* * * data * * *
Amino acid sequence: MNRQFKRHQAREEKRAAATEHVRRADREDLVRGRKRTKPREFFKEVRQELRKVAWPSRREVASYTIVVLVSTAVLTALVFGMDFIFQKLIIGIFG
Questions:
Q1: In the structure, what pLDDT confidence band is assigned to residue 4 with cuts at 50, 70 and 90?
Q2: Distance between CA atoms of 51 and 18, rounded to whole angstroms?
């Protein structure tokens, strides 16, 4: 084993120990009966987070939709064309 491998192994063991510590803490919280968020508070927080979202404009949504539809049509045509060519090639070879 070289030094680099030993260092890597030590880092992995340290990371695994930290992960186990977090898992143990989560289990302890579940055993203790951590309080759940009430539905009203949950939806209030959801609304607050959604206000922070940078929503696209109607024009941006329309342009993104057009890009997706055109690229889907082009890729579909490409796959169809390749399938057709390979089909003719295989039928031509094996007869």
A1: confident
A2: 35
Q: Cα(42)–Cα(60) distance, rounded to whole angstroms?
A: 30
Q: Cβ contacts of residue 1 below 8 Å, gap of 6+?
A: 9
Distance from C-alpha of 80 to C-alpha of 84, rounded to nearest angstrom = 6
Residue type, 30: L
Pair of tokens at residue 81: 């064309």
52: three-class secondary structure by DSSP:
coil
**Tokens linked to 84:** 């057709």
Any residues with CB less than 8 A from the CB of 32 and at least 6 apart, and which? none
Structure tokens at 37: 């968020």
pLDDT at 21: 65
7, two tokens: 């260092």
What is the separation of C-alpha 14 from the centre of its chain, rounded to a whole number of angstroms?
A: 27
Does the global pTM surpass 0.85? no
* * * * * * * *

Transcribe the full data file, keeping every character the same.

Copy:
Amino acid sequence: MNRQFKRHQAREEKRAAATEHVRRADREDLVRGRKRTKPREFFKEVRQELRKVAWPSRREVASYTIVVLVSTAVLTALVFGMDFIFQKLIIGIFG
Questions:
Q1: In the structure, what pLDDT confidence band is assigned to residue 4 with cuts at 50, 70 and 90?
Q2: Distance between CA atoms of 51 and 18, rounded to whole angstroms?
């Protein structure tokens, strides 16, 4: 084993120990009966987070939709064309 491998192994063991510590803490919280968020508070927080979202404009949504539809049509045509060519090639070879 070289030094680099030993260092890597030590880092992995340290990371695994930290992960186990977090898992143990989560289990302890579940055993203790951590309080759940009430539905009203949950939806209030959801609304607050959604206000922070940078929503696209109607024009941006329309342009993104057009890009997706055109690229889907082009890729579909490409796959169809390749399938057709390979089909003719295989039928031509094996007869």
A1: confident
A2: 35
Q: Cα(42)–Cα(60) distance, rounded to whole angstroms?
A: 30
Q: Cβ contacts of residue 1 below 8 Å, gap of 6+?
A: 9
Distance from C-alpha of 80 to C-alpha of 84, rounded to nearest angstrom = 6
Residue type, 30: L
Pair of tokens at residue 81: 């064309």
52: three-class secondary structure by DSSP:
coil
**Tokens linked to 84:** 């057709």
Any residues with CB less than 8 A from the CB of 32 and at least 6 apart, and which? none
Structure tokens at 37: 């968020």
pLDDT at 21: 65
7, two tokens: 């260092």
What is the separation of C-alpha 14 from the centre of its chain, rounded to a whole number of angstroms?
A: 27
Does the global pTM surpass 0.85? no